Luckily disabling the PF is completely reversible. That is, unless you manage to fill up your Hard Drive in that time being thus having no room for a PF. I should apologize for that registry file though, that requires regedit to fix.

Shouldn't be done in the first place. Period.

By the way, you're still ignoring my question. Can you actually show that there are any positive effects from disabling the pagefile? If you really can't, then please, just go away. Multiple people (myself, genuine555, Max, Xilo, trip21, Kaboose, MagicAndre1981, Relativity_17) have now asked you to stop.

---------------- actual contribution to the thread ----------------

You can move the locations of folders in your User Folder (Contacts, Desktop, Documents, Downloads, Favorites, Links, Music, Pictures, Videos, Saved Games, Searches) to any location on any hard disk. Great if you want to keep your user data from piling up on your OS drive (my user folder is 300GB, so yeah, can't really keep that on my 60GB OS volume).

Right click one of the aforementioned folders and select "Properties" from the list. On the properties sheet, go to the "Location" tab. Click the "Move" button and select the new location of the folder. When you're done, click "Apply," Windows will throw up a prompt, asking if you wish to move everything that is currently in the folder to the new location, you'll probably want to answer yes to that.

Done! You've just moved a personal folder.

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Udedenkz    51

I am going to try to end this debate once again as its crutch is the memory argument which I reject, here is another attempt at reasoning at you,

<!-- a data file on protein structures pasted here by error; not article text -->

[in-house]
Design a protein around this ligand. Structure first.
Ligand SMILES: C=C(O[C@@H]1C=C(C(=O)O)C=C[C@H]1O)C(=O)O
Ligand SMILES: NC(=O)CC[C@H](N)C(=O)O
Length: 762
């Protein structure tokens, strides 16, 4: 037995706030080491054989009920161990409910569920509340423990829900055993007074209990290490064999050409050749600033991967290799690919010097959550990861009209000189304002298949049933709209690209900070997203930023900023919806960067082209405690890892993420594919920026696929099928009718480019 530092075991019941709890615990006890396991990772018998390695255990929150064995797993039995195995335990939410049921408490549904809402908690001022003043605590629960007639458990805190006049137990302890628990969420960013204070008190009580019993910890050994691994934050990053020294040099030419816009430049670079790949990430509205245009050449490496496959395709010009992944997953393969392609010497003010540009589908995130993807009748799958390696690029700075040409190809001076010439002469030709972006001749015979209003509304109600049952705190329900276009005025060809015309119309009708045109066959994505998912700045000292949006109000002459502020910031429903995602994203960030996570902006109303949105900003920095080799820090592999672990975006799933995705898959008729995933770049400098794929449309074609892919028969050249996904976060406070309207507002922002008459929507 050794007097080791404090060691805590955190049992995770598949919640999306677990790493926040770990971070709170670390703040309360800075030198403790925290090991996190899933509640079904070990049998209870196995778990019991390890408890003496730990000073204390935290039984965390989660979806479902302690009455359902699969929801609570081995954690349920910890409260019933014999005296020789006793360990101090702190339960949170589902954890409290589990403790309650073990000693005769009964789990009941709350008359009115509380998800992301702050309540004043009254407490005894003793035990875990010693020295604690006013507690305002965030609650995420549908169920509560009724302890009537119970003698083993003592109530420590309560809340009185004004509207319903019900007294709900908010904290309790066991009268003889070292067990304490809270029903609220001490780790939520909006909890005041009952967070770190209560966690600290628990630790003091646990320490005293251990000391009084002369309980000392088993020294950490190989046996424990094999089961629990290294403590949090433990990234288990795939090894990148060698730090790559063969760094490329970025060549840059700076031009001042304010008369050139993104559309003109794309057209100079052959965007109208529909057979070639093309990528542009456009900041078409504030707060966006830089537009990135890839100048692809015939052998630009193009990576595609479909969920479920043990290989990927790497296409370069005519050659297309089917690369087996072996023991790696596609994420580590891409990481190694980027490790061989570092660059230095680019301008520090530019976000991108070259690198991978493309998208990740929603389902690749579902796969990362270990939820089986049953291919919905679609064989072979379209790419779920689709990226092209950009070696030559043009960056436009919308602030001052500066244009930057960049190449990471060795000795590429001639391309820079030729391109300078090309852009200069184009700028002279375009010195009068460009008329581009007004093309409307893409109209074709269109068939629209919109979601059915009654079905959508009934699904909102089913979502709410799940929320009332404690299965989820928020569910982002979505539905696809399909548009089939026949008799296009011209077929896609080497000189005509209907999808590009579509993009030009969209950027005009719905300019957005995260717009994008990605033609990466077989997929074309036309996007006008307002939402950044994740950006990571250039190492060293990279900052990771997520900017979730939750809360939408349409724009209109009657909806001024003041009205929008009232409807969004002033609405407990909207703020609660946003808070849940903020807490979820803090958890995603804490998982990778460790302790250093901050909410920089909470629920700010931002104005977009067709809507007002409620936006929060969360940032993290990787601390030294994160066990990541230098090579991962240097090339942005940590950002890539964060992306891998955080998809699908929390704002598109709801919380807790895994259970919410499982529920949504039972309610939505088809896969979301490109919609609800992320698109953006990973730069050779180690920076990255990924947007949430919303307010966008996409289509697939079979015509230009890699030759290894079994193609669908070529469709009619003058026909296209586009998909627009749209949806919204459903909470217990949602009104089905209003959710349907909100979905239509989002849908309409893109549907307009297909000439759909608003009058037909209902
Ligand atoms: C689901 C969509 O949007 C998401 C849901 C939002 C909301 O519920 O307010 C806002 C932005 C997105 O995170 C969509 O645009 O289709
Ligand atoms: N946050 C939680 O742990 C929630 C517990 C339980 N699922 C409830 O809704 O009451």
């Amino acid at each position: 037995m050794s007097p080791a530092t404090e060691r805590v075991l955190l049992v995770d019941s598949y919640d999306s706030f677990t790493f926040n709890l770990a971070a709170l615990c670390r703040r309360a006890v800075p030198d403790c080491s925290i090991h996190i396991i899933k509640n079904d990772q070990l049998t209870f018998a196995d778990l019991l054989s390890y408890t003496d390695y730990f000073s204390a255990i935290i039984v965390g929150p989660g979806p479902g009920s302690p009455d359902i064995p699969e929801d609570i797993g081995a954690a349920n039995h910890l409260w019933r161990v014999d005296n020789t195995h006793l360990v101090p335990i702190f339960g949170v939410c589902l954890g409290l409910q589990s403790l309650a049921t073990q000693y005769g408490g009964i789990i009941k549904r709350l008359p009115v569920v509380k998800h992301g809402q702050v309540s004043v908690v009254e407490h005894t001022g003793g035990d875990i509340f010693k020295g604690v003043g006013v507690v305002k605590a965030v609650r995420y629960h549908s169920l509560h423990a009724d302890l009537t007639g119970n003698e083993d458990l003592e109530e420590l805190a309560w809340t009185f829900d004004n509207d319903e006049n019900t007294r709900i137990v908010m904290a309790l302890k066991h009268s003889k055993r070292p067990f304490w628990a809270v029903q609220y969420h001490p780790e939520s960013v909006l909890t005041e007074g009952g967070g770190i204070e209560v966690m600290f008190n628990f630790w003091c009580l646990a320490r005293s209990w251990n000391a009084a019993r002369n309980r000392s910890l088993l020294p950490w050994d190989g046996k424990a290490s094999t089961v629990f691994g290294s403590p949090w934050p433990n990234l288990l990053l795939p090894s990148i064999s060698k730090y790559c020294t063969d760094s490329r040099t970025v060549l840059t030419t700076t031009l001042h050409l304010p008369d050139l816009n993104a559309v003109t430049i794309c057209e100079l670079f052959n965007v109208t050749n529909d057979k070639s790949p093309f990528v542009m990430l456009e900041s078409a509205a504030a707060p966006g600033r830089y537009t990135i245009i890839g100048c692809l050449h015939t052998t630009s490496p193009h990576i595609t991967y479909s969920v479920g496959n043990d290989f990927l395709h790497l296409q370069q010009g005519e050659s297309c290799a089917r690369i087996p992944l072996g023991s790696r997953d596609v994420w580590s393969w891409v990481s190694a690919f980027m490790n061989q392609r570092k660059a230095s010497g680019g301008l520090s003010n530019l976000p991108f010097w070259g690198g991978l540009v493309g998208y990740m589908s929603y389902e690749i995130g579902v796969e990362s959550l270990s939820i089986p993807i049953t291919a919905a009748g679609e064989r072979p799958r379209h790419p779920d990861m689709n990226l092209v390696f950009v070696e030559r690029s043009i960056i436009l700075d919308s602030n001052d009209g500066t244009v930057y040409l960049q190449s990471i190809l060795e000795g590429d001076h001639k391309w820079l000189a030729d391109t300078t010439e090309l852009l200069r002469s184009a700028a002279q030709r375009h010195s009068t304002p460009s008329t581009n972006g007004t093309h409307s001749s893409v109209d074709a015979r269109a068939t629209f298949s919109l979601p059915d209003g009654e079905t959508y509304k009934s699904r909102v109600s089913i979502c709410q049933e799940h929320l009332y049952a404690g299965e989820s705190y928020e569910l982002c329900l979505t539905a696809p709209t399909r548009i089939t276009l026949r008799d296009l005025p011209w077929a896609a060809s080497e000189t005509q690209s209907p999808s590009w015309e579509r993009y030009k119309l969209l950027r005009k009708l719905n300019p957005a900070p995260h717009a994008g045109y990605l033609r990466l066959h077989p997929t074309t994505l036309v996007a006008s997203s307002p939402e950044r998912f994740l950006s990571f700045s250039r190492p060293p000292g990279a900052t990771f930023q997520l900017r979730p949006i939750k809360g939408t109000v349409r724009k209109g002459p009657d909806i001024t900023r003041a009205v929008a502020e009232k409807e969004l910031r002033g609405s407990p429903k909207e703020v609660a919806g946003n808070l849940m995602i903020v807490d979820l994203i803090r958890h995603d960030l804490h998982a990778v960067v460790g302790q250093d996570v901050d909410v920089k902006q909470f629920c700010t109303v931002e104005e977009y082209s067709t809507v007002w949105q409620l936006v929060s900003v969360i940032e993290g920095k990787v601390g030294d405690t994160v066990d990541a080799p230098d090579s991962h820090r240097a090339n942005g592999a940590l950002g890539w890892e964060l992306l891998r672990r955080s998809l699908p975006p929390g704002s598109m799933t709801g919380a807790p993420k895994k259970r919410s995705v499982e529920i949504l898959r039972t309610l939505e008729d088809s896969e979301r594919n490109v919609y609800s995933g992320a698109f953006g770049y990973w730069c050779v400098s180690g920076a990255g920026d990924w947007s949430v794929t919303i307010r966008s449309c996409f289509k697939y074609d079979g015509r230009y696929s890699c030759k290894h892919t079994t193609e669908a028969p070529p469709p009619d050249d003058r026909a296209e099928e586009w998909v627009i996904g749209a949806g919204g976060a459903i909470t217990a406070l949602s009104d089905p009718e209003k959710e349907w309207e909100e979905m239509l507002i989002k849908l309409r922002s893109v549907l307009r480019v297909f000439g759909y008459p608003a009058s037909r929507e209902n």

Your arguments for using the page file can be used to argue the benefit of having two sticks of RAM instead of one.

With one stick of RAM you will have less memory, than with two, for superfetch thus reducing your system's responsiveness. With one stick you are will run into stability problems with applications that need a lot of RAM to run, it is better to have two sticks of RAM if with two you will have more memory for the application to run decreasing the chances of a crash. Windows can also move empty reserved space onto the the second stick of RAM giving you more space on the first one. And Windows will be able to manage memory much better with two RAM sticks.

The analogy is a bit flawed due to dual/tri channel architecture and because RAM is significantly faster than the HD medium, but it still shwos the same thing. Not having a Page File and then getting one of the equivalent of your RAM is similar to doubling your RAM.

Will doubling RAM help superfetch? Sure.

Will using a PF help superfetch? Sure.

Will doubling RAM decrease the chances of running out of System Memory? Duh.

Will using a PF decrease the chances of running out of System Memory? Duh.

Will doubling RAM increase stability of the OS by reducing the chances of Running out of Memory? Duh.

Will using a PF increase stability of the OS by reducing the chances of Running out Memory? Duh.

In short: more memory = better. This I understand.

Here is where I do not think we have agreement,

Will doubling RAM disallow you to run out of System Memory? NO.

Will using a PF disallow you to run out of System Memory? NO.

I doubt that you acknowledge that running out of System Memory is possible regardless of whether or not a PF is enabled. Hell if you have a 160GB Page File - sure running out of System Memory would be harder than say with 1GB PF. Impossible? No. You can still run out of memory, whether or not you use the PF regardless of how much space your PF uses.

For example, you have 8GB, I have only 2GB (minus the amount for Nvidia ION) so to achieve the stability of your system I would need Page File of 6GB (+ memory allocated to NVIDIA ION). And this is assuming that you yourself are not running the recommended 8GB page file!

The allocated empty memory by applications is not an argument as I have proven above. Either that space is on the PF or in RAM; whether or not with the PF, you will still loose space duo to applications reserving it either on the PF or in RAM.

I have been running for 2 days and 13 hours, my memory usage is 792 - it is not climbing. I urge you to have some faith in Windows 7, it is quite efficient with memory management regardless of where System Memory resides.

If the above doesn't portray my logic behind the rejection of the PF, keep reading,